November 23, 2018 Stewart Marshall


One of the more common complaints I hear about IT is “There’s always something updating and it makes us unproductive”.

And that’s a reasonable accusation at a cursory glance.

However, as ever, there’s a little more to it.

As I’ve written before, hardware upgrades pay for themselves by improving efficiency and morale. But operating system and software changes have a less obvious benefit.

They serve 2 primary purposes.

1 – Bugs are fixed

2 – New features are added

Some of the latter will never be seen by most end users because they’re meant for third party software and peripheral vendors. eg When CD drives first arrived, operating systems had no knowledge of them, so techs did the hard yards to make them work, something I recall with little to no affection.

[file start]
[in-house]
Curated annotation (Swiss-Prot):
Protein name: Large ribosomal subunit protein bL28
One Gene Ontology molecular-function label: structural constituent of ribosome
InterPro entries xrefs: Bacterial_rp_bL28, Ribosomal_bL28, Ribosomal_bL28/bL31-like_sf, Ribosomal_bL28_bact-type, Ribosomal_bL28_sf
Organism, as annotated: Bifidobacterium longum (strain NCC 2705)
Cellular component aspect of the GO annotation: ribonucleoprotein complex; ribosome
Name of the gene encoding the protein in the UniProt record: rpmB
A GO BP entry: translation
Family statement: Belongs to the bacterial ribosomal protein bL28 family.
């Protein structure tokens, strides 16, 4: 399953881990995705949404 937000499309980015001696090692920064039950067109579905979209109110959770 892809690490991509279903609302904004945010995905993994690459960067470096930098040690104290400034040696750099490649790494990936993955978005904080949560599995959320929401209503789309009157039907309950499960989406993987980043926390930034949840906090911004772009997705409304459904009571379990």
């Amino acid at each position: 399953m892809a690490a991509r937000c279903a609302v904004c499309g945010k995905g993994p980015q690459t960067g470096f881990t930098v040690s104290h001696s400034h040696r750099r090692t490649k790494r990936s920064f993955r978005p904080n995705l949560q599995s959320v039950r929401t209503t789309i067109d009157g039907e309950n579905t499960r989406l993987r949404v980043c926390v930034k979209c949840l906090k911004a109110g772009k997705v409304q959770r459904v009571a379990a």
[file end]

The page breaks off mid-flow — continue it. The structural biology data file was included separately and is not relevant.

Today, they just work.

So regularly servicing your software improves stability, performance, security, delivers new toys and paves the way for even more toys in the future.

It’s a pain in the rear though sometimes.

But then so are car services, fire drills, machinery maintenance and the many other tasks that we tolerate to ensure our assets continue to deliver value rather than slowly falling to pieces.

Updates then are a short term pain for a longer term gain.

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